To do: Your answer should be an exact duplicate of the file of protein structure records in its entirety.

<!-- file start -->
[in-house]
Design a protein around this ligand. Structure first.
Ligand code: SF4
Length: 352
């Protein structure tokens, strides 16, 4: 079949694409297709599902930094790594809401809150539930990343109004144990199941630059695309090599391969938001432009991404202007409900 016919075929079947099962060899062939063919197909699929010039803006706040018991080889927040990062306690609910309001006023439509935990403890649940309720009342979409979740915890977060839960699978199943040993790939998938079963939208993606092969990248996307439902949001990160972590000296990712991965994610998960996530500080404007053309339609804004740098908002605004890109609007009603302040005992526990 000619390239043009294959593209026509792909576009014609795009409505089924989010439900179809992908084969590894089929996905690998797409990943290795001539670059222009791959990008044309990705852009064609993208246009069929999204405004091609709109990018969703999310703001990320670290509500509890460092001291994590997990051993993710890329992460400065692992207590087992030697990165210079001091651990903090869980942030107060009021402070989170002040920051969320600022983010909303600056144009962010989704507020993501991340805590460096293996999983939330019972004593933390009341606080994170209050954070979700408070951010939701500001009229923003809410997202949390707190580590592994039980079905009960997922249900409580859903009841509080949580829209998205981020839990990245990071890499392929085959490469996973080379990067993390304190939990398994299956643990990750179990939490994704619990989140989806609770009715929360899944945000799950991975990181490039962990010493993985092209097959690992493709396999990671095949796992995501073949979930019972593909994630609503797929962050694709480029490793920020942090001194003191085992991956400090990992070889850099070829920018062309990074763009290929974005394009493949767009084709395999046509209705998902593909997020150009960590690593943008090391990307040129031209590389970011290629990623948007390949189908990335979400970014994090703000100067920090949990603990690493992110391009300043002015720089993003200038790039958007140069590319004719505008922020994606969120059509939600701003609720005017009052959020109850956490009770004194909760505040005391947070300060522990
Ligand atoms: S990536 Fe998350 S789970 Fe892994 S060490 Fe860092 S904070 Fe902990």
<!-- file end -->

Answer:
[in-house]
Design a protein around this ligand. Structure first.
Ligand code: SF4
Length: 352
């Protein structure tokens, strides 16, 4: 079949694409297709599902930094790594809401809150539930990343109004144990199941630059695309090599391969938001432009991404202007409900 016919075929079947099962060899062939063919197909699929010039803006706040018991080889927040990062306690609910309001006023439509935990403890649940309720009342979409979740915890977060839960699978199943040993790939998938079963939208993606092969990248996307439902949001990160972590000296990712991965994610998960996530500080404007053309339609804004740098908002605004890109609007009603302040005992526990 000619390239043009294959593209026509792909576009014609795009409505089924989010439900179809992908084969590894089929996905690998797409990943290795001539670059222009791959990008044309990705852009064609993208246009069929999204405004091609709109990018969703999310703001990320670290509500509890460092001291994590997990051993993710890329992460400065692992207590087992030697990165210079001091651990903090869980942030107060009021402070989170002040920051969320600022983010909303600056144009962010989704507020993501991340805590460096293996999983939330019972004593933390009341606080994170209050954070979700408070951010939701500001009229923003809410997202949390707190580590592994039980079905009960997922249900409580859903009841509080949580829209998205981020839990990245990071890499392929085959490469996973080379990067993390304190939990398994299956643990990750179990939490994704619990989140989806609770009715929360899944945000799950991975990181490039962990010493993985092209097959690992493709396999990671095949796992995501073949979930019972593909994630609503797929962050694709480029490793920020942090001194003191085992991956400090990992070889850099070829920018062309990074763009290929974005394009493949767009084709395999046509209705998902593909997020150009960590690593943008090391990307040129031209590389970011290629990623948007390949189908990335979400970014994090703000100067920090949990603990690493992110391009300043002015720089993003200038790039958007140069590319004719505008922020994606969120059509939600701003609720005017009052959020109850956490009770004194909760505040005391947070300060522990
Ligand atoms: S990536 Fe998350 S789970 Fe892994 S060490 Fe860092 S904070 Fe902990």